888 Challenge #7
In post-war Spain, 10-year-old Daniel Sempere’s bookseller father takes him to the Cemetery of Forgotten Books. Inside this building of rambling stairs and labyrinthine passageways, he is allowed to choose a volume to care for so that others may one day read it - or does the book choose him? Either way, Daniel leaves with a copy of The Shadow of the Wind by Julián Carax. The book is obscure and the author shrouded in mystery; he disappeared from Barcelona, surfaced in Paris, vanished from Paris, and turned up murdered in Barcelona. Now his works are becoming increasingly rare due to the actions of a literary arsonist - a man who torches every Carax novel he can; a man with a charred face and blazing eyes who wants Daniel’s book for himself. So Daniel does the only thing he can think of: hides The Shadow of the Wind deep in the Cemetery where no-one else can find it.
The years pass, but Daniel’s curiosity about Carax doesn’t. One by one he tracks down the people who hold a piece of the mystery, and so uncovers a story as laced with darkness as any Carax wrote. He’s helped in this by a number of friends, including bookshop assistant Fermín Romero de Torres, the ‘man in Havana’ under the old regime and a man in hiding under the new one. His nemesis is Inspector Javier Fumero, a sadist of mercurial loyalties and no love for anyone seeking information on Carax. His presence makes perilous an adventure that is already eerie. Not only is there a haunted house, but Daniel looks like Carax - and now his life is coming to resemble Carax’s as well.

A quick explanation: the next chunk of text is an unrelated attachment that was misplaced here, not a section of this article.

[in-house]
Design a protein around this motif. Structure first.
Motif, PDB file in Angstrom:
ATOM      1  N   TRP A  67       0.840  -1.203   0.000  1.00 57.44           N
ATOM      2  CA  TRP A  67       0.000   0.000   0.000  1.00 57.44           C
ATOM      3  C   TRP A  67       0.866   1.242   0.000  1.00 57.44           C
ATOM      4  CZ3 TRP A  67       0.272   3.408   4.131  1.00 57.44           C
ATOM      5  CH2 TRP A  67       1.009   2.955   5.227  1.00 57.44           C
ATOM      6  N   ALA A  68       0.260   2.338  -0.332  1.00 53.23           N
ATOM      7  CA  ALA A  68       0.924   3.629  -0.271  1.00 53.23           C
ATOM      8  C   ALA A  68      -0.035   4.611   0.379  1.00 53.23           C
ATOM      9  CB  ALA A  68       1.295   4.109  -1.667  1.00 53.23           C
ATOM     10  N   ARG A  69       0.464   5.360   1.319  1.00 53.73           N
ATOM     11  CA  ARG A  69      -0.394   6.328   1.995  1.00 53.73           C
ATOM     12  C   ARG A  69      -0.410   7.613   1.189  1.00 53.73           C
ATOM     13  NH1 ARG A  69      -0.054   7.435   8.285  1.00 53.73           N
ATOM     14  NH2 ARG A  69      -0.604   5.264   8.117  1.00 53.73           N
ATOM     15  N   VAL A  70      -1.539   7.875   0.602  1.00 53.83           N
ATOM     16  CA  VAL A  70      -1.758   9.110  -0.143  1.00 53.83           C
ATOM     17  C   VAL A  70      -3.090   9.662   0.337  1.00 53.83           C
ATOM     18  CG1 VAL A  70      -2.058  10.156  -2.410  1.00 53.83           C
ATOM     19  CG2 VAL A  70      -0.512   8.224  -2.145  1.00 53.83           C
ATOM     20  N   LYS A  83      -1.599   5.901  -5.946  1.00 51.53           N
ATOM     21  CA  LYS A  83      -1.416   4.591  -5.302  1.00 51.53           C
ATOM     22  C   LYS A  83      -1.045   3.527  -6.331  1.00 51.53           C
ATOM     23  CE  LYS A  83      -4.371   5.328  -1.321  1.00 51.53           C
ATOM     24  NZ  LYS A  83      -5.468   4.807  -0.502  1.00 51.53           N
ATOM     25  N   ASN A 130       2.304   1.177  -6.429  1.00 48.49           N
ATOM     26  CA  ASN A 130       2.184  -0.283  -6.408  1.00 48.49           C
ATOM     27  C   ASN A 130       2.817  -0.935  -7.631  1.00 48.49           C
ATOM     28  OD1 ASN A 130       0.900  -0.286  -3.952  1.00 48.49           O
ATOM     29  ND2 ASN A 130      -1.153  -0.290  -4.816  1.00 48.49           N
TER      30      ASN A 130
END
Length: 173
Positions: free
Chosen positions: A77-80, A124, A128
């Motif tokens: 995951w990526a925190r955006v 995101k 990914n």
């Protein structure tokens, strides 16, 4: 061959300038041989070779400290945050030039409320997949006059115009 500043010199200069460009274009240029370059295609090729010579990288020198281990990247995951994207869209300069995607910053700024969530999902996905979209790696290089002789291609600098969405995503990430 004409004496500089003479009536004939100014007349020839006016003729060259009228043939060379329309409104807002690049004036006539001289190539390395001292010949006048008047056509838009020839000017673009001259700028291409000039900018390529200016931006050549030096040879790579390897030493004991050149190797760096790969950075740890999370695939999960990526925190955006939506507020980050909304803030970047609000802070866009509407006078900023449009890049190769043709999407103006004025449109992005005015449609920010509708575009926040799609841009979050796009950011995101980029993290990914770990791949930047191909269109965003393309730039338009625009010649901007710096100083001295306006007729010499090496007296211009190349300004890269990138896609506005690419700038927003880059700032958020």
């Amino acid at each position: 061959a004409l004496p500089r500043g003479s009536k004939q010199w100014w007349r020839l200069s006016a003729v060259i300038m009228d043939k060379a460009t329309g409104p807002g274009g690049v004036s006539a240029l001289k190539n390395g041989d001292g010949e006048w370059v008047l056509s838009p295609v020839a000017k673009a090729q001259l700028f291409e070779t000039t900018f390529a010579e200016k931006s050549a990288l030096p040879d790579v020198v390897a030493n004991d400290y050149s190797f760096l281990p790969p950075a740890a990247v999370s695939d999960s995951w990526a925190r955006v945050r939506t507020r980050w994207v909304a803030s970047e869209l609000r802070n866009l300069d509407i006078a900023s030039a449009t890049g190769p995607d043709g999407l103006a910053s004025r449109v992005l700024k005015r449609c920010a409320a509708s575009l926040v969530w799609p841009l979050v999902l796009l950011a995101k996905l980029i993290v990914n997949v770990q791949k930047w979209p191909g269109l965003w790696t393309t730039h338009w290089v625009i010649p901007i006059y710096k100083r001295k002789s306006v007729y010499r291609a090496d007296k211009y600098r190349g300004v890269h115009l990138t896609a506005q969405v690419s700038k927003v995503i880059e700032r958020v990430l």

This is one of those books that I close with a sigh and think, ‘If only I didn’t have to give you back to the library.’ And it’s a book I’ll want to read again; not only because it’s so good, but to pick up all the things I’m sure I missed the first time around due to the rate at which I barrelled through the pages. It’s more than unputdownable; it’s a book that draws you in from the very first word and doesn’t let go. One moment I was right there with a dying man on the streets of Barcelona; the next, the chapter had ended and I was back in Brisbane, coming to the belated realisation that the microwave had finished - I didn’t even hear it beep - and dinner was ready. And even as I loved it, it made me despair of ever creating anything half so good.
Daniel is the narrator for most of it, and it was great to watch him grow up, solve the mystery, and confront the major flaw in his character. But of all the memorable characters, my favourite was Fermín; I defy anyone not to adore Fermín. After being taken in off the streets by the Semperes, he repays them with absolute loyalty. He can take care of anything from sourcing rare books at knockdown prices to smuggling a hooker into a nursing home run by nuns; and despite the horrors of his life is indefatigably cheerful (and frequently comical). The mystery is absorbing and filled with unexpected turns; for though some parallels do appear, Daniel’s and Carax’s lives never come to resemble each other closely enough for you to predict what will happen to one based on what’s happened to the other. And it was a refreshing change to meet an amateur detective so willing to confide in people and obtain assistance in his quest. The villain, too, is good: Fumero is devoid of redeeming features and common humanity, but enough is shown of his past that he doesn’t seem one-dimensional; rather, chillingly and sociopathically real.
I could probably ramble on for several more paragraphs, but I will say just this: If you haven’t read this yet, reach for the bookmark, lay down whatever you’re reading, and get thee to a library!